Boy Erased – Movie Reviews by Ry!

Boy Erased – Coming to be, Who We Are

It is but a wonder, the things we see in ourselves.  Within that sight, there are many other eyes looking upon with thoughts that corner or beliefs that swoon.  A caution of sorts that become something so true that you hope others can see in reality.  The meaning of ‘who we are’ comes through many spectrums.  There are experiences that define ourselves that will come into conflict with family, revealing meaningful things in this world.  A true-life tale that blends with dramatics and coming-of-age tropes, Boy Erased provides a window into endearment of what it is to be loved.

The story focuses on Jared Eamons (Lucas Hedges), who is forced to go through a gay conversion program by his father, Marshall Eamons (Russell Crowe) and Nancy Eamons (Nicole Kidman).  The premise is laid out through ominous threads, allowing you to ‘breathe’ the characterization of the situation.  What the first few minutes does is allow the conflict of Jared and his father, Marshall, set motion the rest of the story’s development.  With this, the rest of the film follows through a complimentary approach with linear direction bridged by flashbacks.  The central plot puts the focus on Jared, and how he navigates this program while retracing his past.  Through the back-and-forth of time, the story weaves through familiar threads of adolescent, family drama and love.  What makes the journey shine above any average melodrama is the subtle character interactions.  Everything is grounded through physical mannerisms and dialogue, opening the emotions within the fragility of social and religious overtones.  You aren’t badgered with what is right or wrong but presented an endearing tale that comes within genuine themes of respect and family.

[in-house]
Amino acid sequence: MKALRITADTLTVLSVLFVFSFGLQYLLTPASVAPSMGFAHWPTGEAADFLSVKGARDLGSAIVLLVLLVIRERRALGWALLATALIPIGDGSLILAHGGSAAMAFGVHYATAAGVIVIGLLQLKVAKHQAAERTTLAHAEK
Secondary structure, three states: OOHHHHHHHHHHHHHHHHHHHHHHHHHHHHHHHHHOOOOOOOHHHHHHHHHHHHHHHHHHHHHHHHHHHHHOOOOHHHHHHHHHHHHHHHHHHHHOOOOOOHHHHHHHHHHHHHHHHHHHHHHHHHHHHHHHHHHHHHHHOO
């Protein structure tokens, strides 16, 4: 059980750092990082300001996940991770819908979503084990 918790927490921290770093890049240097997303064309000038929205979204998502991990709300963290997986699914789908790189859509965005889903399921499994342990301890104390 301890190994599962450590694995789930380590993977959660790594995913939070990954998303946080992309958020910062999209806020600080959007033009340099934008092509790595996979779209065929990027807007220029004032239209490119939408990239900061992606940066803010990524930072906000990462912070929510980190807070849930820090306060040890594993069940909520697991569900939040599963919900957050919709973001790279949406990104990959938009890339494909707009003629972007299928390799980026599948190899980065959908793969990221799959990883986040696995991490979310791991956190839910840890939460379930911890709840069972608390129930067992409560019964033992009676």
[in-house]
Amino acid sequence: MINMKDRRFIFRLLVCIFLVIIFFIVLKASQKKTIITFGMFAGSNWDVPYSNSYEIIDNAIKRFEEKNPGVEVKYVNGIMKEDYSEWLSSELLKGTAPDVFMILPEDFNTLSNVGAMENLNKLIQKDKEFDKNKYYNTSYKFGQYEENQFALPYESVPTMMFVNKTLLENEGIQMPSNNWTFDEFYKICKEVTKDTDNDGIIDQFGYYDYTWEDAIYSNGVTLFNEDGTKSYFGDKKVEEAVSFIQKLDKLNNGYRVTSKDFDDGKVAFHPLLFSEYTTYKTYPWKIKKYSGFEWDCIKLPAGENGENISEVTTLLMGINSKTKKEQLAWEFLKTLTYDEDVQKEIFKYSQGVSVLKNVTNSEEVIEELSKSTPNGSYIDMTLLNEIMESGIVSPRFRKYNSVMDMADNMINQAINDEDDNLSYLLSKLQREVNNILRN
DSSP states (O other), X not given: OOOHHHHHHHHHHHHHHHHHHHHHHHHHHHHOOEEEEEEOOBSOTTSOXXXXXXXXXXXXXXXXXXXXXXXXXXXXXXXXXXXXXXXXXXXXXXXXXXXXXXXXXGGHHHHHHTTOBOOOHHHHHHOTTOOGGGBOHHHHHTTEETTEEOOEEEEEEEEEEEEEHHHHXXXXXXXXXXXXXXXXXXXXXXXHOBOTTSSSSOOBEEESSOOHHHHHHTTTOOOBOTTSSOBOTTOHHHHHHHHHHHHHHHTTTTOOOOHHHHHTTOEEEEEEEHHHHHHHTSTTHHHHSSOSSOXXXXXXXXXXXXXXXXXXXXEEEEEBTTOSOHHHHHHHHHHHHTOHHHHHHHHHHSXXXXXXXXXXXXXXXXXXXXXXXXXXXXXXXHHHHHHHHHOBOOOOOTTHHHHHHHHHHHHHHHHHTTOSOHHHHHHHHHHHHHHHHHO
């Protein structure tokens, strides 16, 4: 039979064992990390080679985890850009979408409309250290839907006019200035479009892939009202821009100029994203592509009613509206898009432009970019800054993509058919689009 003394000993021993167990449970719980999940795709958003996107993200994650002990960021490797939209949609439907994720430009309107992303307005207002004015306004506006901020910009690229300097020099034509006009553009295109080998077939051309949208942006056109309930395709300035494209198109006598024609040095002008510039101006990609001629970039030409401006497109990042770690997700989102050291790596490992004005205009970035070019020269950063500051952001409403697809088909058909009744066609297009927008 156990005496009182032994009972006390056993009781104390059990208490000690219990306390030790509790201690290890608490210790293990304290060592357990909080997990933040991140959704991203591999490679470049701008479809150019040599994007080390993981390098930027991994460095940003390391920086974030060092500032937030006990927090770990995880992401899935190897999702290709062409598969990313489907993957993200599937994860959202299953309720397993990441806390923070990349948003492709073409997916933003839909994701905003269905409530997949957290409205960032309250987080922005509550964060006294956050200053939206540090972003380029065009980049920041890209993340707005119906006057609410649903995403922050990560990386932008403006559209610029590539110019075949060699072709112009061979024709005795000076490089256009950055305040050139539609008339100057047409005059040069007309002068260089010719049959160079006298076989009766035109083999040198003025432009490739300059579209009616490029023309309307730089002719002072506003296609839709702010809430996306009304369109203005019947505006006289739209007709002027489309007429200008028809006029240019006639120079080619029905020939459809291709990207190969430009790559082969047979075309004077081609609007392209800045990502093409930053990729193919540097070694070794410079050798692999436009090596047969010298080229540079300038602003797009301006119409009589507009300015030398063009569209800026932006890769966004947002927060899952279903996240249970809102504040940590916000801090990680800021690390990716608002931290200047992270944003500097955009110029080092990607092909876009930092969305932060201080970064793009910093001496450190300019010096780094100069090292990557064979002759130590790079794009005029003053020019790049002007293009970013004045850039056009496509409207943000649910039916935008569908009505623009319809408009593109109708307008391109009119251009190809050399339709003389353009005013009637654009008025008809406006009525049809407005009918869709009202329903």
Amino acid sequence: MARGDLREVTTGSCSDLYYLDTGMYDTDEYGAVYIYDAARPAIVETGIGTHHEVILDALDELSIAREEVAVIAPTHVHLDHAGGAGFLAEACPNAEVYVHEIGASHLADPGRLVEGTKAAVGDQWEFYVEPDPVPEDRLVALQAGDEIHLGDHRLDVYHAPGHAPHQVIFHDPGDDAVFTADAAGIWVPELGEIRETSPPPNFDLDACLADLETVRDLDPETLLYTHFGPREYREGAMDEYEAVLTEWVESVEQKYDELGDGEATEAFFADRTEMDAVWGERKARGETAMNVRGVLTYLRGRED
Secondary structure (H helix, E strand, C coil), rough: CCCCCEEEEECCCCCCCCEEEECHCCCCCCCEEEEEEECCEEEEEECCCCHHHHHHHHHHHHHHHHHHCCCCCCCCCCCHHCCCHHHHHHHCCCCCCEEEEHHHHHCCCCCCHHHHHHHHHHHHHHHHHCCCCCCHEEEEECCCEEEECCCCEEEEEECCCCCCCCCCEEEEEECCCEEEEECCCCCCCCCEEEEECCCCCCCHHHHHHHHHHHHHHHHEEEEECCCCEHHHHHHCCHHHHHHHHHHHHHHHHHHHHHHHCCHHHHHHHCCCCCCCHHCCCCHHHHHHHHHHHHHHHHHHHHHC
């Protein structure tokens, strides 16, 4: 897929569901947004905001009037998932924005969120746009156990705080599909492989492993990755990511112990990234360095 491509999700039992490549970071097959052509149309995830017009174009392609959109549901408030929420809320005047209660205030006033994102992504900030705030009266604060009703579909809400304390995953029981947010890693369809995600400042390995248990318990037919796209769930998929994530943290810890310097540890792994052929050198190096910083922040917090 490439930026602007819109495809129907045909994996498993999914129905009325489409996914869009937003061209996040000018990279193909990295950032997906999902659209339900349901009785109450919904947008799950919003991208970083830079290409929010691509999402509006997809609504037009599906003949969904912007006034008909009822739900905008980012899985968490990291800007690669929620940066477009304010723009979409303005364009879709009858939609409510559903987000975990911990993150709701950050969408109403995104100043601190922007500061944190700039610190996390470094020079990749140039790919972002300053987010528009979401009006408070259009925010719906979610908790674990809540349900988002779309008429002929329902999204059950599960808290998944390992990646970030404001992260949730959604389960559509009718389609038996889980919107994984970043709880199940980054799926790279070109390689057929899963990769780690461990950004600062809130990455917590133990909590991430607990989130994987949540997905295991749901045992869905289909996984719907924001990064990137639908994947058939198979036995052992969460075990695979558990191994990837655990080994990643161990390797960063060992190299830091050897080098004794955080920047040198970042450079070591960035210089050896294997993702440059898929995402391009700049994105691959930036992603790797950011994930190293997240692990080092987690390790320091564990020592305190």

Even with the strong character development, there is a lot directed within the predictable tropes of ‘real life’ drama.  These elements come out through the slow pace of the film, forcing the audiences see clichés overshadow meaningful moments.  This can cause the melodrama to drive away realism, but the consequences of each interactions eventually lead to strong results.  As the climax comes, there is a posturing moment of two halves having to make a whole.  This creates a hopeful epilogue of what family is in the end.  For all the strong adoration of the acting and script, there is plenty of predictable detail and cliché dramatic tropes.  Even so, there is enough here to recommend seeing this at the theaters.  This is a riveting journey that will have you thinking of respect and love.

Final Score – 3.5 of 5 (Matinee)


Leave a Reply

Your email address will not be published. Required fields are marked *